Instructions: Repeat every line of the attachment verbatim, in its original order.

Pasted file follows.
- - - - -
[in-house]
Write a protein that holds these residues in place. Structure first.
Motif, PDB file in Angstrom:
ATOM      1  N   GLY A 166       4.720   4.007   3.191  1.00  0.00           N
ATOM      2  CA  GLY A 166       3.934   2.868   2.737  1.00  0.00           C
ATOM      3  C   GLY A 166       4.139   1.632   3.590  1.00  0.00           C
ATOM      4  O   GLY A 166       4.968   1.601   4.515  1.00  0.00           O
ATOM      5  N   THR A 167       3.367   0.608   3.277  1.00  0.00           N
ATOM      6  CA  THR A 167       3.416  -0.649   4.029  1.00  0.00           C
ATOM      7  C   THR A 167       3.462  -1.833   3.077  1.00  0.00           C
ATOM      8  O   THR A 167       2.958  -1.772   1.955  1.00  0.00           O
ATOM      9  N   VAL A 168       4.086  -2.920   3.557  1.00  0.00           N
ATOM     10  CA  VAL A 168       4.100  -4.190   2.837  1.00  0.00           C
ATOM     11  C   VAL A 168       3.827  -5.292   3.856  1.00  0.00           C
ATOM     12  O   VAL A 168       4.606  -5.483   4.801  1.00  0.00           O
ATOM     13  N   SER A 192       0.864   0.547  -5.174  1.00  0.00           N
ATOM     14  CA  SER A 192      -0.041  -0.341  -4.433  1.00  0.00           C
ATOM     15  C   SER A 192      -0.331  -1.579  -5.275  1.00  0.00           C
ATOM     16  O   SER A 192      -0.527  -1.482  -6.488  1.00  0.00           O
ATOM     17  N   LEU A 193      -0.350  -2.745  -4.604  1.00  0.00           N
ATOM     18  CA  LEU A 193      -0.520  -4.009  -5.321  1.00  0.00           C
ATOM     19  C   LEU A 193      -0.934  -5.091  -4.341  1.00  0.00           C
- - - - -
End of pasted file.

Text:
[in-house]
Write a protein that holds these residues in place. Structure first.
Motif, PDB file in Angstrom:
ATOM      1  N   GLY A 166       4.720   4.007   3.191  1.00  0.00           N
ATOM      2  CA  GLY A 166       3.934   2.868   2.737  1.00  0.00           C
ATOM      3  C   GLY A 166       4.139   1.632   3.590  1.00  0.00           C
ATOM      4  O   GLY A 166       4.968   1.601   4.515  1.00  0.00           O
ATOM      5  N   THR A 167       3.367   0.608   3.277  1.00  0.00           N
ATOM      6  CA  THR A 167       3.416  -0.649   4.029  1.00  0.00           C
ATOM      7  C   THR A 167       3.462  -1.833   3.077  1.00  0.00           C
ATOM      8  O   THR A 167       2.958  -1.772   1.955  1.00  0.00           O
ATOM      9  N   VAL A 168       4.086  -2.920   3.557  1.00  0.00           N
ATOM     10  CA  VAL A 168       4.100  -4.190   2.837  1.00  0.00           C
ATOM     11  C   VAL A 168       3.827  -5.292   3.856  1.00  0.00           C
ATOM     12  O   VAL A 168       4.606  -5.483   4.801  1.00  0.00           O
ATOM     13  N   SER A 192       0.864   0.547  -5.174  1.00  0.00           N
ATOM     14  CA  SER A 192      -0.041  -0.341  -4.433  1.00  0.00           C
ATOM     15  C   SER A 192      -0.331  -1.579  -5.275  1.00  0.00           C
ATOM     16  O   SER A 192      -0.527  -1.482  -6.488  1.00  0.00           O
ATOM     17  N   LEU A 193      -0.350  -2.745  -4.604  1.00  0.00           N
ATOM     18  CA  LEU A 193      -0.520  -4.009  -5.321  1.00  0.00           C
ATOM     19  C   LEU A 193      -0.934  -5.091  -4.341  1.00  0.00           C